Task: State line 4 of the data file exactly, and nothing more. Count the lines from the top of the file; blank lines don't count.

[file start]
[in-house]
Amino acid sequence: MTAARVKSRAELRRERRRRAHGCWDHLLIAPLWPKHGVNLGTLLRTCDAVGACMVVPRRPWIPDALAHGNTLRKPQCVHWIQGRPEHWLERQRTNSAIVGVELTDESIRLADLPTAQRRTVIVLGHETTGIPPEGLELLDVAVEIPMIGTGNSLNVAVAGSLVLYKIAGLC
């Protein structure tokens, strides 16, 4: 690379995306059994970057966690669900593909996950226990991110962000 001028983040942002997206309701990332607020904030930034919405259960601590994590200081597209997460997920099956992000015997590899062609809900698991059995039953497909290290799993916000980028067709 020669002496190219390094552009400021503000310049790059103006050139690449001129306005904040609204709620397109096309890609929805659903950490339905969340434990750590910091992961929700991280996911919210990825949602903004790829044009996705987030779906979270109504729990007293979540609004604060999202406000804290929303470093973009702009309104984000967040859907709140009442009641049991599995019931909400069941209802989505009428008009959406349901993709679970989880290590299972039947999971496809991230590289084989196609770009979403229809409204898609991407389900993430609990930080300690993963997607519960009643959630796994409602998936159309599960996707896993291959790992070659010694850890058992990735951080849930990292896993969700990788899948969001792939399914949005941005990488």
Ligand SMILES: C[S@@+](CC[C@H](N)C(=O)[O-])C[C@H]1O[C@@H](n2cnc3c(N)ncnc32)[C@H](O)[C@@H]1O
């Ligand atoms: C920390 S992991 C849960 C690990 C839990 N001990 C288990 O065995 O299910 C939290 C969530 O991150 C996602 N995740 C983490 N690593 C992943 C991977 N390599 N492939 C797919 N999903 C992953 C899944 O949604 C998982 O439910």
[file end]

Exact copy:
Ligand SMILES: C[S@@+](CC[C@H](N)C(=O)[O-])C[C@H]1O[C@@H](n2cnc3c(N)ncnc32)[C@H](O)[C@@H]1O